“This offering was nothing short of success,” said Berger. “Retail accredited investors purchased shares at $0.75 and $1.15 before the IPO. Once the shares commenced trading, Emblem was trading above the $3 level.”

Although the cannabis market is burgeoning, some newcomers could wind up not being profitable for several years. Choosing the winners is not always an exact science. Investors should be wary and conduct due diligence since popular stocks are not always profitable.

“Cannabis is an emerging market and as an investment it is a once in three generation opportunity that is barely through its first inning,” Spatafora said. “Just like dot com investors needed to pick their spots to invest in, people should not make just any marijuana investment.”

Investing in an early stage company is often riskier, said Berger.

“While the cannabis industry is the fastest growing industry in the world, leaning to an influx in the number of cannabis companies going public, we have seen several highly anticipated IPOs not live up to expectations and burn through its working capital before being able to deliver on its promises,” he said. “Investors need to look into the company’s balance sheet and determine if it has enough capital to execute on its plan and to make sure its deploying capital to the right places and not on management’s salaries.”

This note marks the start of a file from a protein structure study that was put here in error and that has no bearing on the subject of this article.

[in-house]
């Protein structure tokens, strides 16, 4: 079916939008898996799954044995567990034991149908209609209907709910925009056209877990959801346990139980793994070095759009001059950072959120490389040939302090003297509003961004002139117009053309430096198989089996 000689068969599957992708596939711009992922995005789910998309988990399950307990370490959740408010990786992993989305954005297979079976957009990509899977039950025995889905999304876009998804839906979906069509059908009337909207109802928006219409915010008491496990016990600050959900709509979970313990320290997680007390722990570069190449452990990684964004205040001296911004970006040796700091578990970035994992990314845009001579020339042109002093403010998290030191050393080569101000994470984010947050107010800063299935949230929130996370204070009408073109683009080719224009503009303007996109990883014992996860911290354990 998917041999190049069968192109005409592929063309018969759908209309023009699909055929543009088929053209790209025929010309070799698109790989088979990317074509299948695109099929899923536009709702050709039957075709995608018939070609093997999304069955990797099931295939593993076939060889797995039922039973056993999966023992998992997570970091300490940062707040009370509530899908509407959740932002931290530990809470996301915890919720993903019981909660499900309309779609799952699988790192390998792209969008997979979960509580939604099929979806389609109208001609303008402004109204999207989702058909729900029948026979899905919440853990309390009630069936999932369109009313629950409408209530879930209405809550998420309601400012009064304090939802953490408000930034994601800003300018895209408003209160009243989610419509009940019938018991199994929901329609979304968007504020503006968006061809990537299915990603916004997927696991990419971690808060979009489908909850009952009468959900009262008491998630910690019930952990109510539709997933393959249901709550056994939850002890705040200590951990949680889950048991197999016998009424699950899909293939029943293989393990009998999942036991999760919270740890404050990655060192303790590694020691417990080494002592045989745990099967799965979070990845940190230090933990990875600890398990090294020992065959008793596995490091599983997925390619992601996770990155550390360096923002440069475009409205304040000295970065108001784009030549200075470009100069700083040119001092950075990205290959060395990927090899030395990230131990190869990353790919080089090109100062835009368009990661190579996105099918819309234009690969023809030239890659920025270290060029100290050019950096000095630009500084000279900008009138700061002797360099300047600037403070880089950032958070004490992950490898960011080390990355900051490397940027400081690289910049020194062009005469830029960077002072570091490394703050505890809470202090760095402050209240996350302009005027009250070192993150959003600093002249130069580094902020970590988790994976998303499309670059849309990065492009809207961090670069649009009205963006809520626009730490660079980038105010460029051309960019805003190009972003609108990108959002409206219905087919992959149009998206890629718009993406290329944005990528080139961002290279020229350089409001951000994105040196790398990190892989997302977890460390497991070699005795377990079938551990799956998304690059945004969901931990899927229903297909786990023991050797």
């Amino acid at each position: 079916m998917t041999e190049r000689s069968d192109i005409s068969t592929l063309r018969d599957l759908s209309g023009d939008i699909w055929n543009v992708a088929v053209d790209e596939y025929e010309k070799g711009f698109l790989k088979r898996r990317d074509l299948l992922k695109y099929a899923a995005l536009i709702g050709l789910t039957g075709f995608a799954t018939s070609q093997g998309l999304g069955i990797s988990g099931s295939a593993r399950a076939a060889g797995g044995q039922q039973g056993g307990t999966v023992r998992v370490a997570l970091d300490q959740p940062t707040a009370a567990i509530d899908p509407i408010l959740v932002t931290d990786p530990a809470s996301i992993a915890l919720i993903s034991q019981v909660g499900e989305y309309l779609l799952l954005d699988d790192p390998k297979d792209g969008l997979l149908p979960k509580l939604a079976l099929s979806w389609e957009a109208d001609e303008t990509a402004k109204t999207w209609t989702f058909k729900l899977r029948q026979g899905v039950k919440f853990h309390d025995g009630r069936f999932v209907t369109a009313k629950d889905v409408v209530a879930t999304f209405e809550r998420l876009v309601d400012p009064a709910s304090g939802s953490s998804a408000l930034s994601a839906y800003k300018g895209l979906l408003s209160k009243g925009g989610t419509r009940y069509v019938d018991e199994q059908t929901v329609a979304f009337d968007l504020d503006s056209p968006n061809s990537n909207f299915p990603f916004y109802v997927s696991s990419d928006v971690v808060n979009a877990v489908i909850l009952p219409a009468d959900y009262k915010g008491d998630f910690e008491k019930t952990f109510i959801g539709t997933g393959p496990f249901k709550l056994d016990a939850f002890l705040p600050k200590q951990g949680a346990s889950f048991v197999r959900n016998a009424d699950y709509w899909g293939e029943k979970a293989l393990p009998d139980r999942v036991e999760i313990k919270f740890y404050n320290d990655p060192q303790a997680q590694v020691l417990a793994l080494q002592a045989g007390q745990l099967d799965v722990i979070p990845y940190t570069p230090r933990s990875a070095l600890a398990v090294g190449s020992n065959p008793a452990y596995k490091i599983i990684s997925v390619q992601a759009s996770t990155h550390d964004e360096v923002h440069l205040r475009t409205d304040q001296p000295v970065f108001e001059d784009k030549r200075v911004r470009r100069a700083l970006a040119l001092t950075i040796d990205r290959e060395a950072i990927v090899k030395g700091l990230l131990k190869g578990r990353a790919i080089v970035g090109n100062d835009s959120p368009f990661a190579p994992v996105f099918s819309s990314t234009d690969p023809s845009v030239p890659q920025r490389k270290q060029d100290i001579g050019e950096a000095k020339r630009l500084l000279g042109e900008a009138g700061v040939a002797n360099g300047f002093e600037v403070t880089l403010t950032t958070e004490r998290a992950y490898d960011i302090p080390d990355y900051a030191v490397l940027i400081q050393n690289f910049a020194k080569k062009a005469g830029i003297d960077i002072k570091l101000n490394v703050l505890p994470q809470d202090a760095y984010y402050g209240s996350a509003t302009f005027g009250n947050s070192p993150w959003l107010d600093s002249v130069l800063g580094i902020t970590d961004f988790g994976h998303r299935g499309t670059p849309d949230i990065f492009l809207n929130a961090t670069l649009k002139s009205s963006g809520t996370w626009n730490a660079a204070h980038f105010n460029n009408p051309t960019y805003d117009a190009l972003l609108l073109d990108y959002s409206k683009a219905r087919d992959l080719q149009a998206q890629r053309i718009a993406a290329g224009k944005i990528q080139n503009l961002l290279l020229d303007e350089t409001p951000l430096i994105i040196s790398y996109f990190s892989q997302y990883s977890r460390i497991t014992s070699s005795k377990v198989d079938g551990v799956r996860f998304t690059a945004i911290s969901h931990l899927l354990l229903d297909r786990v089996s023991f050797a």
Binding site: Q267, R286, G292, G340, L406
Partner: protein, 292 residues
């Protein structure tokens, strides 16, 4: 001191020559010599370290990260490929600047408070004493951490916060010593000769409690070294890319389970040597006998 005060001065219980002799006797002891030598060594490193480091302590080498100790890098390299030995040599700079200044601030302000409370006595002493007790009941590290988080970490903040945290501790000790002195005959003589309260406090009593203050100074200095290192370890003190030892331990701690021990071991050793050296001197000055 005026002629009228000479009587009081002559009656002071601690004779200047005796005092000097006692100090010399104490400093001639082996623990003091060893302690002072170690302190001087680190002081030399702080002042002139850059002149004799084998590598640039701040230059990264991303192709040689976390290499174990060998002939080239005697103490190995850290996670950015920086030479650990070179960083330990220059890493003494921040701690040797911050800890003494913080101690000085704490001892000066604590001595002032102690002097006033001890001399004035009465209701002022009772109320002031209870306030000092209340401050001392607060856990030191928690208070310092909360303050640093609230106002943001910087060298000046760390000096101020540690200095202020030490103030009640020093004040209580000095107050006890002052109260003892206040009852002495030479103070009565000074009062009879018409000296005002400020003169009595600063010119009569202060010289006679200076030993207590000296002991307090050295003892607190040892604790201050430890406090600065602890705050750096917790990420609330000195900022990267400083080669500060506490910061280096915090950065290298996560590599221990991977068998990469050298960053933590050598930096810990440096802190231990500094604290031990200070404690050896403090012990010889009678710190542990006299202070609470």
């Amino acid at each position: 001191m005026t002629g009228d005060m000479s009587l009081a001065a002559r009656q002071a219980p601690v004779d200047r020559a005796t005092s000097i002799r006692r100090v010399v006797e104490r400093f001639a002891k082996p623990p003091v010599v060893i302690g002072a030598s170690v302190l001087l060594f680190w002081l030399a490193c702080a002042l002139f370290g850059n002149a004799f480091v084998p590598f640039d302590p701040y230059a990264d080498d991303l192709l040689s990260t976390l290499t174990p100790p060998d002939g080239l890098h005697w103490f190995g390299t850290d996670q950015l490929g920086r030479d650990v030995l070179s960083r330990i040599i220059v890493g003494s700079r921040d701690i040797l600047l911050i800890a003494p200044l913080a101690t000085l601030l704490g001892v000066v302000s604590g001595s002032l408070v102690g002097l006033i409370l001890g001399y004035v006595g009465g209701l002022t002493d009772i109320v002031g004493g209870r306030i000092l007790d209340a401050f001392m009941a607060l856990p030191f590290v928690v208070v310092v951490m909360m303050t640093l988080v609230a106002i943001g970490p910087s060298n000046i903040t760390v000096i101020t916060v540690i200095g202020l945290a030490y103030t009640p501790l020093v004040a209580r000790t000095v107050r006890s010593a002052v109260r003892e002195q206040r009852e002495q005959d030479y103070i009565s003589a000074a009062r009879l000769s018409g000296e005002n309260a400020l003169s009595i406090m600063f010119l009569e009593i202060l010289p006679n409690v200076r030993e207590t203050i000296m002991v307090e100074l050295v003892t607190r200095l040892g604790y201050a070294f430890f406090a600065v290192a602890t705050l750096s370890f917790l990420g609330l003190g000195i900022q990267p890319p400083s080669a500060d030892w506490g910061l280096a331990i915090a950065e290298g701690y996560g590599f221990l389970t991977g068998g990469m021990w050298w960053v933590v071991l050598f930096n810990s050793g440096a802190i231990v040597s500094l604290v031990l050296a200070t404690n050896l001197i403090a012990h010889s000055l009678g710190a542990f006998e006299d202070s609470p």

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Medical marijuana could cost big pharma $4 billion a year

Mike Adams, The Fresh Toast

Medical marijuana could cost big pharma $4 billion a year

This post originally appeared on The Fresh Toast.

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Once the federal government finally allows medical marijuana to become a legitimate part of the healthcare industry, Big Pharma could suffer the loss of billions of dollars, a new report finds.

It seems the pharmaceutical trade has more than enough reasons to fear the legalization of marijuana, as an analysis conducted by the folks at New Frontier Data predicts the legal use of cannabis products for ailments ranging from chronic pain to seizures could cost marketers of modern medicine somewhere around $4 billion per year.

The report was compiled using a study released last year from the University of Georgia showing a decrease in Medicare prescriptions in states where medical marijuana is legal. The study, which was first outlined by the Washington Post, was largely responsible for stirring up the debate over how a legitimate cannabis market might be able to reduce the national opioid problem. It found that medical marijuana, at least with respect to those drugs for which it is considered an alternative treatment, was already costing pill manufactures nearly $166 million annually.